Heck, Ole’ Music even has a tour bus that will take their writers on the road to write with artists.  They’re serious about creating opportunities for their writers.

All this is in an effort to put their staffwriters in a position to win with a great song.  (Yes, publishers still do the traditional “find a great songwriter and pitch their best songs” thing.  That model just isn’t having as much success anymore, so they’re having to be more aggressive in creating opportunities.)

But what if you don’t have a publisher?

Well, you’re not off the hook.  If you want cuts and hits, you need to focus on creating BOTH great music AND great opportunities.  Don’t expect a publisher to come riding in on a white horse and save the day.  Get started now.  Start identifying potential opportunities- now.  Start forging relationships- now.

After all, if you don’t HAVE a publisher, you ARE your publisher!

If you’re ready to learn more about how publishing works – or if you’re ready to start making your own relationships with music publishers, I have a great first step for you.

I’m hosting an online “Know The Row” event in July with Senior Creative Director of Daywind Music, Chad Green.  This is YOUR chance to connect with a music publisher and to ask him YOUR questions.  With it being online, you can join us from anywhere in the world with an internet connection.  If you want details, just CLICK HERE.  Tickets are on sale now, and space is limited!

God Bless and Enjoy the Journey,

Brent

Brent Baxter is a hit songwriter with cuts by Alan Jackson, Randy Travis, Lady Antebellum, Joe Nichols, Gord Bamford, Ruthie Collins, Ray Stevens, and more. He’s written a top 5 hit in the US and a #1 in Canada… so far.

SWP 4

How One Relationship Can Open Doors All Over The Music Biz

The music business is a relationship business. Yes, it takes great music. But it also takes great relationships. And it’s amazing how just ONE relationship can open up MANY doors of opportunity.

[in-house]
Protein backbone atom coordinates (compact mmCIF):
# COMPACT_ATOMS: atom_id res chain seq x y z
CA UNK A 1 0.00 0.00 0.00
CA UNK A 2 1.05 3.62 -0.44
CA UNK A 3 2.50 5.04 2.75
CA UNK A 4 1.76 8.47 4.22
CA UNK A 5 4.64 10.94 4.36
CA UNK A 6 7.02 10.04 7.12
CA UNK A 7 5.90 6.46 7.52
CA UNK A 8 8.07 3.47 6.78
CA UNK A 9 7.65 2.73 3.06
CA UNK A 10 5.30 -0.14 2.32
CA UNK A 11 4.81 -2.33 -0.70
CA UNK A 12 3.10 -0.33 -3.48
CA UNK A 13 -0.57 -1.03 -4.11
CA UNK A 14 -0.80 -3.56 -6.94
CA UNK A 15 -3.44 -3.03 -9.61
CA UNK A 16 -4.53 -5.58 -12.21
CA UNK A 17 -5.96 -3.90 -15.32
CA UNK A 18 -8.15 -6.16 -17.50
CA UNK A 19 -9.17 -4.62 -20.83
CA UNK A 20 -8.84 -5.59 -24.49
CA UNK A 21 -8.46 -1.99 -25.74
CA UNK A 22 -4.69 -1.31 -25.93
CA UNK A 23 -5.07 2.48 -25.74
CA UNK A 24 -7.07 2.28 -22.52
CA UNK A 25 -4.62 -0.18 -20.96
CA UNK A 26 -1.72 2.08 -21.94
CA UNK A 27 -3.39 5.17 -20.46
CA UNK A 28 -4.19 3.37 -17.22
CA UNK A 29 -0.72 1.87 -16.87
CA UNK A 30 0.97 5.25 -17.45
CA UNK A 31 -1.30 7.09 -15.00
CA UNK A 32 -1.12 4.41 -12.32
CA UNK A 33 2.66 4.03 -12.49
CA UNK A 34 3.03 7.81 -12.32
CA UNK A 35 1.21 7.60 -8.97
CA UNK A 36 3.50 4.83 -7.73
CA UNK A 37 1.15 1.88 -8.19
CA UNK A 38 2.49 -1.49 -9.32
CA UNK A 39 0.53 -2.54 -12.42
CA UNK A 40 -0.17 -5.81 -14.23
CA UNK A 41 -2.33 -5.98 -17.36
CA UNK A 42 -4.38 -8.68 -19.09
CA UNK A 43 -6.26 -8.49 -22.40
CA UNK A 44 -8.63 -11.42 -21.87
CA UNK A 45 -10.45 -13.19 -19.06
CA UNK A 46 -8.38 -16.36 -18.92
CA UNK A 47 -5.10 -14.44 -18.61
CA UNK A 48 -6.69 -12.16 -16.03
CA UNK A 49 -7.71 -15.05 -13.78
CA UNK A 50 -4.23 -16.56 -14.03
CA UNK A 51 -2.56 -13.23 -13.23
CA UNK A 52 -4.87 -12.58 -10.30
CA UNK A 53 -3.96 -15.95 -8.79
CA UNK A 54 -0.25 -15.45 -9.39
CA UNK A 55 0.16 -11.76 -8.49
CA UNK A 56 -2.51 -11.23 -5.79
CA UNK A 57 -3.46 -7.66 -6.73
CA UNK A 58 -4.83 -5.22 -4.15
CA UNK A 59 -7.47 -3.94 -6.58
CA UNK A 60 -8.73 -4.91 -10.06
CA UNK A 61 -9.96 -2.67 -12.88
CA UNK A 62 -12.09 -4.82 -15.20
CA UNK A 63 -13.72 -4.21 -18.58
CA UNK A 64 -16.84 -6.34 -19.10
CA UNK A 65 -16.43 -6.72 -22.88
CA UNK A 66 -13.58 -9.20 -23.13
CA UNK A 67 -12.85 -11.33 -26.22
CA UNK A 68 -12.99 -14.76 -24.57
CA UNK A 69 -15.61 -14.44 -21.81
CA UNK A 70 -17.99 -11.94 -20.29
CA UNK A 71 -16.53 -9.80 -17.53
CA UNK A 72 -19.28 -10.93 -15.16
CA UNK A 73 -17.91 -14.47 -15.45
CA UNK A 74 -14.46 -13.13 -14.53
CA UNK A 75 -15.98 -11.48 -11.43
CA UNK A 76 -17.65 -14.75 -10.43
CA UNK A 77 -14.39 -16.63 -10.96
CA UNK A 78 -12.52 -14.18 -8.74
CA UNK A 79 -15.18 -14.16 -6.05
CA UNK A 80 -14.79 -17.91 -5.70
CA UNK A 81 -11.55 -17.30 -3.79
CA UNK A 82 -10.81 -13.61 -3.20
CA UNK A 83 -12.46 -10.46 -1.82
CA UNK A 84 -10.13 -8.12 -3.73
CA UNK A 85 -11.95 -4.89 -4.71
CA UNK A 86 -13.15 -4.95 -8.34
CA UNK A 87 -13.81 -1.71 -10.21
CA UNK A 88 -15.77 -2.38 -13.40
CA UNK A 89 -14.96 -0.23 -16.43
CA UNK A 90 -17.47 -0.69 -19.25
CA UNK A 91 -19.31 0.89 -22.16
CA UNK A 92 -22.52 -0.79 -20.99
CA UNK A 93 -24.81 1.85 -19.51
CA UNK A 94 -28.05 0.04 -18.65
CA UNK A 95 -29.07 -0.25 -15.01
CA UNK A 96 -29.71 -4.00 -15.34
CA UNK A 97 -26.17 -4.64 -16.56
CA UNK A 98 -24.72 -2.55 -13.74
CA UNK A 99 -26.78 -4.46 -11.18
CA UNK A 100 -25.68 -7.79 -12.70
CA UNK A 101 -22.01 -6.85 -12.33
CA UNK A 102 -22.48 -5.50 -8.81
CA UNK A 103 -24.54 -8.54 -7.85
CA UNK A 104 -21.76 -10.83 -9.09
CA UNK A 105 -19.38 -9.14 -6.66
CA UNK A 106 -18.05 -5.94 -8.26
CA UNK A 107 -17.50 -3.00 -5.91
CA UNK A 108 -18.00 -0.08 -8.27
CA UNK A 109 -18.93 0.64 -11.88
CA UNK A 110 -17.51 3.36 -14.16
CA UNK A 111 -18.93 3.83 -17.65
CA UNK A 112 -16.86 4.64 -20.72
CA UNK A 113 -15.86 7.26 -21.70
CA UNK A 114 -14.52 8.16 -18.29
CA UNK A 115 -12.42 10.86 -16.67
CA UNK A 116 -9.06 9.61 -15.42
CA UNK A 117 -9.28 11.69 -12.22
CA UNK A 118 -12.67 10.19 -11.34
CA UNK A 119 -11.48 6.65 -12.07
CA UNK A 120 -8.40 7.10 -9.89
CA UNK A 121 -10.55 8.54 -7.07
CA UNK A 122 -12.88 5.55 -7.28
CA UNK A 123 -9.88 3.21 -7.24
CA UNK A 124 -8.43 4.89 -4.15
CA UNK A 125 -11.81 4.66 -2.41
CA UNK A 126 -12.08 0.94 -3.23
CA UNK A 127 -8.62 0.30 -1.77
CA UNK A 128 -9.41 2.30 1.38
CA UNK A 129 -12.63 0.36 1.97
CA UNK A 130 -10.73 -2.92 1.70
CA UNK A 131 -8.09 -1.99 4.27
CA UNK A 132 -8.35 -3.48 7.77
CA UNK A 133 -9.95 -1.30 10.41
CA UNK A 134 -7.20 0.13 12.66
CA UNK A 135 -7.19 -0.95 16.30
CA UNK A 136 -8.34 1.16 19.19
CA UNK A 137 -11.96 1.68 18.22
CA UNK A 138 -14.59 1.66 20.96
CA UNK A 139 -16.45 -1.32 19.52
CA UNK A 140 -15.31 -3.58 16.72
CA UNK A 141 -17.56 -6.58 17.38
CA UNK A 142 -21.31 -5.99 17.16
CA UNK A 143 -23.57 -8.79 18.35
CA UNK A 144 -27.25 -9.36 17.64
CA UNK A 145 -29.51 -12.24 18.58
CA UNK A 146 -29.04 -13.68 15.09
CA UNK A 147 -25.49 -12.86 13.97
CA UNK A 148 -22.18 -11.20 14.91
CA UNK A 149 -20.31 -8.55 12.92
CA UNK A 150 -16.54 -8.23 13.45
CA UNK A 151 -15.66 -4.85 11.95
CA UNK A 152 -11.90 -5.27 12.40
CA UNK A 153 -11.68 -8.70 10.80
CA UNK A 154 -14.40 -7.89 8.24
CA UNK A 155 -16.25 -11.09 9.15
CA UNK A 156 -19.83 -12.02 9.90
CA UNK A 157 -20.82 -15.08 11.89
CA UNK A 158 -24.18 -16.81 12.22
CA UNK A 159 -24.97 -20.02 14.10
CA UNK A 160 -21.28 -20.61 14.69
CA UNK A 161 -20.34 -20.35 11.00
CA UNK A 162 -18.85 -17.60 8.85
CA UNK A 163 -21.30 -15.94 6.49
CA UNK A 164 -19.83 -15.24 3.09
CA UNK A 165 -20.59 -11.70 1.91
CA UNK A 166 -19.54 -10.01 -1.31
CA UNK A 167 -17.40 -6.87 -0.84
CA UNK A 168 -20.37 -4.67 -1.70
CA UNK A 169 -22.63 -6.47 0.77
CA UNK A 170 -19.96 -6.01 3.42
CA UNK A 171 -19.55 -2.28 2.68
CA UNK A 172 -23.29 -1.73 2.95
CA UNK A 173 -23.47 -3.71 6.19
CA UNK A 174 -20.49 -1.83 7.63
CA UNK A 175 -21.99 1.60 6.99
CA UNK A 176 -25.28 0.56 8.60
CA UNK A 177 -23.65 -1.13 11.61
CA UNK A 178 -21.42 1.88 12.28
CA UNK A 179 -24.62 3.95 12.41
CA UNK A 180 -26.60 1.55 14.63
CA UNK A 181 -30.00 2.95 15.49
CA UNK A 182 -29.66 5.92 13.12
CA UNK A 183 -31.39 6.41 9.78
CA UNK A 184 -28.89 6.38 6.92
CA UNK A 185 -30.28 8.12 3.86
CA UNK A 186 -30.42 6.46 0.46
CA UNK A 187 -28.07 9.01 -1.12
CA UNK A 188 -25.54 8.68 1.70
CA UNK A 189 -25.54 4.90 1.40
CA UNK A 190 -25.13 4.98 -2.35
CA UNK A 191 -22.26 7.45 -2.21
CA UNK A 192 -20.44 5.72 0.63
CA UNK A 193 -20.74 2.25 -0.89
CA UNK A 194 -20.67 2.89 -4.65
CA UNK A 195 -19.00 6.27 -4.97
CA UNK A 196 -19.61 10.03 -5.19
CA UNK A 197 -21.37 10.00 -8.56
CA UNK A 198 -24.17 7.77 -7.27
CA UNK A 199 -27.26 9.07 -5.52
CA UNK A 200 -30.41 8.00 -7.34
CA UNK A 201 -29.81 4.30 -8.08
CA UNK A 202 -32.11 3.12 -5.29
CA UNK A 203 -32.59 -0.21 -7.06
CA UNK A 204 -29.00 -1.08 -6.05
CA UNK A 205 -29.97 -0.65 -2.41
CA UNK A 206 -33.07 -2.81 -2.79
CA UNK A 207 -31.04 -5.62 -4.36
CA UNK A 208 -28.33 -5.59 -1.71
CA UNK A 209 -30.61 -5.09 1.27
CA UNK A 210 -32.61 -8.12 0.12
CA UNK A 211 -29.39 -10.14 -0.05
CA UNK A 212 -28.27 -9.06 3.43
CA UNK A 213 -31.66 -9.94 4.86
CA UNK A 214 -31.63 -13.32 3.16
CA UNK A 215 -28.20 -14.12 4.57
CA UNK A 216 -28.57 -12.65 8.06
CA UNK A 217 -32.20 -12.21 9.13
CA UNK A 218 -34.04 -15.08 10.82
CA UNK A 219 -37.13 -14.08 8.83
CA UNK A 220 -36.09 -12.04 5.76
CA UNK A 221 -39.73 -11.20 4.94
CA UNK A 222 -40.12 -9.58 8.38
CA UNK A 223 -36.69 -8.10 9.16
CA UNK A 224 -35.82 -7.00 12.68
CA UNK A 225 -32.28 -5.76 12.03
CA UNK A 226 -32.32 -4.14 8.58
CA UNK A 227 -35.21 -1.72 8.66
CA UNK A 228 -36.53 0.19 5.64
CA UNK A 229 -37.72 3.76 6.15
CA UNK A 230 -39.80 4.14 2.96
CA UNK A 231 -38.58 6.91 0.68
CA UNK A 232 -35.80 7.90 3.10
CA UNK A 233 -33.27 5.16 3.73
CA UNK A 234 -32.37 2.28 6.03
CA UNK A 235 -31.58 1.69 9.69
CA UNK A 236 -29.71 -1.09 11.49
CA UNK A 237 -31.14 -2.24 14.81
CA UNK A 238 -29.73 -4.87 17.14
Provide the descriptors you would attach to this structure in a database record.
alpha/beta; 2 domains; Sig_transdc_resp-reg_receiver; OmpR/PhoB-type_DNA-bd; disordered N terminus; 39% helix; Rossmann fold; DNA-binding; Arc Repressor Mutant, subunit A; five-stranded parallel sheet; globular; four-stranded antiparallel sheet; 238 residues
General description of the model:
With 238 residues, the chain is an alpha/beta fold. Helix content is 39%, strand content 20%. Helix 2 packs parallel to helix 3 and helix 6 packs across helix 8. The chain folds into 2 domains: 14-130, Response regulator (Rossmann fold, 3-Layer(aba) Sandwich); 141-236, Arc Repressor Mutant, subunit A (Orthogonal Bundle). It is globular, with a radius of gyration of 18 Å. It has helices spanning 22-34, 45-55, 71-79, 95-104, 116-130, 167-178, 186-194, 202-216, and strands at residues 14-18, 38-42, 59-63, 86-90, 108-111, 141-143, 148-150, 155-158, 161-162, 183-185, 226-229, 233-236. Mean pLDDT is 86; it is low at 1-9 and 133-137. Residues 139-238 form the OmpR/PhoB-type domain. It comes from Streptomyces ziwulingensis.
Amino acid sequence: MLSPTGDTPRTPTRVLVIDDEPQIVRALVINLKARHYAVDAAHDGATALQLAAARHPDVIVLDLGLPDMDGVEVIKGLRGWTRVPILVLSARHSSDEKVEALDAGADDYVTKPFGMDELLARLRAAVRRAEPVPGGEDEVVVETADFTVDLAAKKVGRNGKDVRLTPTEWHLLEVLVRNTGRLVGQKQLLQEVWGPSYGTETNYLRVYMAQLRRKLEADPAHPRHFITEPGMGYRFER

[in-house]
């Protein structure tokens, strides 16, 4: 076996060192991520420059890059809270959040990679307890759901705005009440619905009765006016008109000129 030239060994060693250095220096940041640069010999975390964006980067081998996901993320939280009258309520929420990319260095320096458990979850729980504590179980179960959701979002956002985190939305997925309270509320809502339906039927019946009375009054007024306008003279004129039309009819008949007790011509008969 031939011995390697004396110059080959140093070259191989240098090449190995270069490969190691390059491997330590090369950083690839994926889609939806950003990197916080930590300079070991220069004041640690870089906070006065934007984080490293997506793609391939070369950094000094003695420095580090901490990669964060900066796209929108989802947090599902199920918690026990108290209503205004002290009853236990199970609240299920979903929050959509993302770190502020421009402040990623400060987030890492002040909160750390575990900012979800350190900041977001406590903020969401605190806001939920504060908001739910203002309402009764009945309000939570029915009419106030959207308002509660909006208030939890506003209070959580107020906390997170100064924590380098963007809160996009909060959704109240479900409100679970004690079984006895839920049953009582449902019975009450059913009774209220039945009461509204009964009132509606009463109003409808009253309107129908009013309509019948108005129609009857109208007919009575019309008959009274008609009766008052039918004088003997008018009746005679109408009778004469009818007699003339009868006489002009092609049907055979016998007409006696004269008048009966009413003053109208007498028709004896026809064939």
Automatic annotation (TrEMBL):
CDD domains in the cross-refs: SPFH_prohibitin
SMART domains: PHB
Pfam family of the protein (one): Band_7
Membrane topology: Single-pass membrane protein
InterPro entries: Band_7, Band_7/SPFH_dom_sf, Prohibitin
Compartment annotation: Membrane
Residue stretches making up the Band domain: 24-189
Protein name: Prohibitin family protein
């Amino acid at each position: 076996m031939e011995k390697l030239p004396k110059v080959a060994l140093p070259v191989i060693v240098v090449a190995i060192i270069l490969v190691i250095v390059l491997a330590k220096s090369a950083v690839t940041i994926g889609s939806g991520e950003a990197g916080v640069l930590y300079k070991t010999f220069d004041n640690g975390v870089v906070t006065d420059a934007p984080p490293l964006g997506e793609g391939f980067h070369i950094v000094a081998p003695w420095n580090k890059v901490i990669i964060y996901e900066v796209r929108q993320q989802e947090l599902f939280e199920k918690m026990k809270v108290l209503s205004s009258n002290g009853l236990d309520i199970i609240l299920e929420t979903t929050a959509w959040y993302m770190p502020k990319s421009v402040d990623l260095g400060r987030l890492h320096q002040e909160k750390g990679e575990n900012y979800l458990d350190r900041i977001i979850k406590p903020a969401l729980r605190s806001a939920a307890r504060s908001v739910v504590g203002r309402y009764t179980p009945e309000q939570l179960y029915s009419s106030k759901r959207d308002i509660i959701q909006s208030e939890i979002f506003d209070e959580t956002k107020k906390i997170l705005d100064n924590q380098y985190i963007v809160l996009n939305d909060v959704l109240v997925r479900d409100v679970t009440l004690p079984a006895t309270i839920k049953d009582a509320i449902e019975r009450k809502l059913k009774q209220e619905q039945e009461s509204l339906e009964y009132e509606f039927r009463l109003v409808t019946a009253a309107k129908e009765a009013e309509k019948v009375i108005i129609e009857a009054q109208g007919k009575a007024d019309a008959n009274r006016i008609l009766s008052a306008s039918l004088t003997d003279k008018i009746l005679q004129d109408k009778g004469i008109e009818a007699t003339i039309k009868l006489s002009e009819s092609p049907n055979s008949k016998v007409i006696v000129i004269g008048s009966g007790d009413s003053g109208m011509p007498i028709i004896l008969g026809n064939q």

One believer- one champion- can change your career.

____________________

To BE a pro, you need to THINK like a pro, and this FREE ebook will help transform your thinking, your songwriting, and your success.  Get it today!

Click Here For The Book

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I’m friends with Chad Green. I’ve been thinking a lot about Chad lately because I have a “Know The Row” event coming up with him next month. He’s currently the Senior Creative Director at Daywind Music Publishing.

But back in 2004, Chad was a membership representative with ASCAP, my Performing Rights Organization, or PRO.

In our first meeting, he picked up the phone and called Major Bob Music for me. I’d dropped off a comp for them and never heard anything back. This time, after Chad’s call, they listened. That call led to a meeting and eventually led to my first publishing deal.  Thanks, Chad.

Chad also invited me to join ASCAP’s Country Workshop, where I met hit songwriter Byron Hill. Byron’s written “Fool Hearted Memory” for George Strait, “Politics Religion And More” for Sammy Kershaw, “Born Country” for Alabama and more. Byron and I eventually started writing together, and that has led to a few cuts, including “When Your Lips Are So Close,” a #1 Canadian country single and 2014 CCMA Single Of The Year for Gord Bamford. Thanks, Chad.

After Chad left ASCAP, he was Creative Director for Word Music Publishing. He called me up about some cowrites. That’s when I met Brian Hitt and Jay Speight. Together, we’ve had a song called “God Amazing” cut by Charles Billingsley in the Christian market. We also landed a few songs on a Christian children’s album called “K-Tunez Praise.” Side note- it’s fun when I hear my kids spinning that album in their room. Thanks, Chad.

Now Chad is Senior Creative Director at Daywind Music Publishing. So far, he’s introduced me to one of my favorite cowriters, a guy named Jason Wilkes. And Chad is currently working on getting me in the room with a successful country artist for an upcoming project on Daywind. I can’t say who the artist is, but I have a few of his country records, and I’m super pumped for the opportunity.

One industry contact has turned into a friendship and – over time – has led to a lot of good things.  And that’s the lesson for YOU SongPros out there.

Relationships matter. Relationships open doors.

And it’s a two-way street. Chad calls me 1) because we’re friends and 2) he believes in my songwriting chops. He’s not going to bring me in with one of his writers or one of his artists if he thinks I’m going to blow it. After all, he has his own family to feed. He has his own professional reputation to consider.